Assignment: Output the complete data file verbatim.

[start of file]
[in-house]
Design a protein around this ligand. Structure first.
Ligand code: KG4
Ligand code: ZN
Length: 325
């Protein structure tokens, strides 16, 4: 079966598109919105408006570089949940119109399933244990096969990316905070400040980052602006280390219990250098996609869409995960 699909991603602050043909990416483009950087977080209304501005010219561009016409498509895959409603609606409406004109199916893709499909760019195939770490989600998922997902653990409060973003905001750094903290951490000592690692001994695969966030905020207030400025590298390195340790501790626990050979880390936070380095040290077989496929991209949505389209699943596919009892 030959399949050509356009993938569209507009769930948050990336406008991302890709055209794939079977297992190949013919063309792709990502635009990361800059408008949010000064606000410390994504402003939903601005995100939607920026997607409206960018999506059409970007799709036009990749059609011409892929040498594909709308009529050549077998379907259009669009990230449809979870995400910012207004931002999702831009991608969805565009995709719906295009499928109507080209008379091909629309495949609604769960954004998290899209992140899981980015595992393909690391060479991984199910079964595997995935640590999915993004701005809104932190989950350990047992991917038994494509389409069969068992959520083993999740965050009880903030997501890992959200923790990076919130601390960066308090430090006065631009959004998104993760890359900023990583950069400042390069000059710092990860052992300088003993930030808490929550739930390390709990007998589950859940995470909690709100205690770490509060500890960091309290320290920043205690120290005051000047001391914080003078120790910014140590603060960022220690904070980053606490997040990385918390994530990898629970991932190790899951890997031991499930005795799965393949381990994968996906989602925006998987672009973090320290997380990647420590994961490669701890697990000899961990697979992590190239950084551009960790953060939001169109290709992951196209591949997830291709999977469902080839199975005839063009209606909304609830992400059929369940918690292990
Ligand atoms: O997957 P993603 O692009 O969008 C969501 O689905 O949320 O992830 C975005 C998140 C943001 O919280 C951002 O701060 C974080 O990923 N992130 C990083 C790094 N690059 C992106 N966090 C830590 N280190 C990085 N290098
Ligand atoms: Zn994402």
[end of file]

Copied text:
[in-house]
Design a protein around this ligand. Structure first.
Ligand code: KG4
Ligand code: ZN
Length: 325
């Protein structure tokens, strides 16, 4: 079966598109919105408006570089949940119109399933244990096969990316905070400040980052602006280390219990250098996609869409995960 699909991603602050043909990416483009950087977080209304501005010219561009016409498509895959409603609606409406004109199916893709499909760019195939770490989600998922997902653990409060973003905001750094903290951490000592690692001994695969966030905020207030400025590298390195340790501790626990050979880390936070380095040290077989496929991209949505389209699943596919009892 030959399949050509356009993938569209507009769930948050990336406008991302890709055209794939079977297992190949013919063309792709990502635009990361800059408008949010000064606000410390994504402003939903601005995100939607920026997607409206960018999506059409970007799709036009990749059609011409892929040498594909709308009529050549077998379907259009669009990230449809979870995400910012207004931002999702831009991608969805565009995709719906295009499928109507080209008379091909629309495949609604769960954004998290899209992140899981980015595992393909690391060479991984199910079964595997995935640590999915993004701005809104932190989950350990047992991917038994494509389409069969068992959520083993999740965050009880903030997501890992959200923790990076919130601390960066308090430090006065631009959004998104993760890359900023990583950069400042390069000059710092990860052992300088003993930030808490929550739930390390709990007998589950859940995470909690709100205690770490509060500890960091309290320290920043205690120290005051000047001391914080003078120790910014140590603060960022220690904070980053606490997040990385918390994530990898629970991932190790899951890997031991499930005795799965393949381990994968996906989602925006998987672009973090320290997380990647420590994961490669701890697990000899961990697979992590190239950084551009960790953060939001169109290709992951196209591949997830291709999977469902080839199975005839063009209606909304609830992400059929369940918690292990
Ligand atoms: O997957 P993603 O692009 O969008 C969501 O689905 O949320 O992830 C975005 C998140 C943001 O919280 C951002 O701060 C974080 O990923 N992130 C990083 C790094 N690059 C992106 N966090 C830590 N280190 C990085 N290098
Ligand atoms: Zn994402």